“We’ve made them for Greenbrier Valley Hospital, Pocahontas Memorial Hospital, Pocahontas Homeland Security, Davis Stuart, Family Refuge Centers in Lewisburg and Marlinton, and Greenbrier Manor,” George said. “We started making them as soon as we could, and then we got tasked to do BCR masks [three-layer masks]. Then we started making masks for the National Guard.

“We’ve made so many masks, we didn’t keep a running count, but we’re somewhere around forty thousand made to date,” he added.

Once the demand for masks fizzled a little, the majority of the inmates returned to making uniforms, but six continued to make masks and are now making hospital gowns.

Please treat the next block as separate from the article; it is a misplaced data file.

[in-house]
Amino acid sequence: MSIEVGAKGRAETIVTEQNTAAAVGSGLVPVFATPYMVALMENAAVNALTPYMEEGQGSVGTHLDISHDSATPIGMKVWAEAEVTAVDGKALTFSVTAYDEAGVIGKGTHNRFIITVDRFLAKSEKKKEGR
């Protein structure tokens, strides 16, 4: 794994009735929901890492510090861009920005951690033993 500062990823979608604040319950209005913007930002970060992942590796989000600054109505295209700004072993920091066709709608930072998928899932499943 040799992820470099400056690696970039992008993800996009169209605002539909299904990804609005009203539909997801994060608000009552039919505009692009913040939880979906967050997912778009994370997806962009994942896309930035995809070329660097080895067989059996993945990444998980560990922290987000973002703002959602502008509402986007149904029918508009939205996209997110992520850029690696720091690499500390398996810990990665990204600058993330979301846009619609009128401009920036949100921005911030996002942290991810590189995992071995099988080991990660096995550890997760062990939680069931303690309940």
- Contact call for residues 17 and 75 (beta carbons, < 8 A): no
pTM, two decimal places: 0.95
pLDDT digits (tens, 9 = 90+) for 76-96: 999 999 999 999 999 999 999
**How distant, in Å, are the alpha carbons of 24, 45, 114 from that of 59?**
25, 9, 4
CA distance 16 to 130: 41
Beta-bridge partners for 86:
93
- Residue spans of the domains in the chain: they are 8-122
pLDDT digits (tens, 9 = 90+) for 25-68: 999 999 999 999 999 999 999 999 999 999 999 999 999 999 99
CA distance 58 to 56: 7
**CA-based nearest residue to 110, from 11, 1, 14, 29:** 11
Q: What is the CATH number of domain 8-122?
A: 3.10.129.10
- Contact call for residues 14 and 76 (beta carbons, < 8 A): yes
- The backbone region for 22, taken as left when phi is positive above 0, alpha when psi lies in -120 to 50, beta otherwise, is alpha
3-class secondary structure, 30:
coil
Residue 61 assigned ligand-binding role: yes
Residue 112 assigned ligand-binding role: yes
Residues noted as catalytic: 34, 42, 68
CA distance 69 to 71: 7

“We call them our COVID line,” George said. “They were making masks as recently as this [Friday] morning for the division, and now they’re making hospital gowns. We just now got into the gown business, but that seems to be the thing they think they’re now going to need the most.”

The inmates have two patterns to use to make the gowns and material from the National Guard, which is inspected before it is delivered to Denmar.

“The National Guard sends the gown material to Lakin Correctional Facility in West Columbia – our sister shop,” George explained. “They mock it up, and they send it to West Virginia University for testing. It goes to WVU, and then if they approve it, it comes back to us and that’s when we get involved in the production.”

The gowns are shipped to hospitals and doctors’ offices.

When the inmates are on lunch break, George and Beverage use the sewing machines to make masks for the community and try to keep as many people supplied as possible.